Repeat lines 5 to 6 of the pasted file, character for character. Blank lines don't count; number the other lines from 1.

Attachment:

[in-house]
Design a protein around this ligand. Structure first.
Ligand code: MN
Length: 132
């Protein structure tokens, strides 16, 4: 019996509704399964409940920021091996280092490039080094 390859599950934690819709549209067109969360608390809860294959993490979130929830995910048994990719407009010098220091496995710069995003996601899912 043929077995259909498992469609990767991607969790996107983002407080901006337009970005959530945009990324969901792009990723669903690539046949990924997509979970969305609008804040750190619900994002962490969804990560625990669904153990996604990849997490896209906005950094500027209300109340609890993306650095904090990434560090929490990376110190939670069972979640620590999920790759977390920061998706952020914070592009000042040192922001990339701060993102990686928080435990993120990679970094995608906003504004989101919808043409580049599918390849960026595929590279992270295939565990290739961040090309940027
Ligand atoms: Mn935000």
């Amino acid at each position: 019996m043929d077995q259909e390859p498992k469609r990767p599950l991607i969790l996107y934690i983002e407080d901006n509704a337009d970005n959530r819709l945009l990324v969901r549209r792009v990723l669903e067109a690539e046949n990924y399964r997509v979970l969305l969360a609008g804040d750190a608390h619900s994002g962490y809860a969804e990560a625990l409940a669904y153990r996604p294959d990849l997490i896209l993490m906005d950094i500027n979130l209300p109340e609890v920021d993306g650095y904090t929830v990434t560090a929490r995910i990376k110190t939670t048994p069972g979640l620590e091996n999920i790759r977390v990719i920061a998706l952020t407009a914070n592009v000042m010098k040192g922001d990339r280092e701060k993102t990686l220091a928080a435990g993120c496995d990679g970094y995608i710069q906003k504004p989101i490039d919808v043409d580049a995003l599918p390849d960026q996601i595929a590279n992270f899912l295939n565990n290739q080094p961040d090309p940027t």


């Protein structure tokens, strides 16, 4: 019996509704399964409940920021091996280092490039080094 390859599950934690819709549209067109969360608390809860294959993490979130929830995910048994990719407009010098220091496995710069995003996601899912 043929077995259909498992469609990767991607969790996107983002407080901006337009970005959530945009990324969901792009990723669903690539046949990924997509979970969305609008804040750190619900994002962490969804990560625990669904153990996604990849997490896209906005950094500027209300109340609890993306650095904090990434560090929490990376110190939670069972979640620590999920790759977390920061998706952020914070592009000042040192922001990339701060993102990686928080435990993120990679970094995608906003504004989101919808043409580049599918390849960026595929590279992270295939565990290739961040090309940027
Ligand atoms: Mn935000």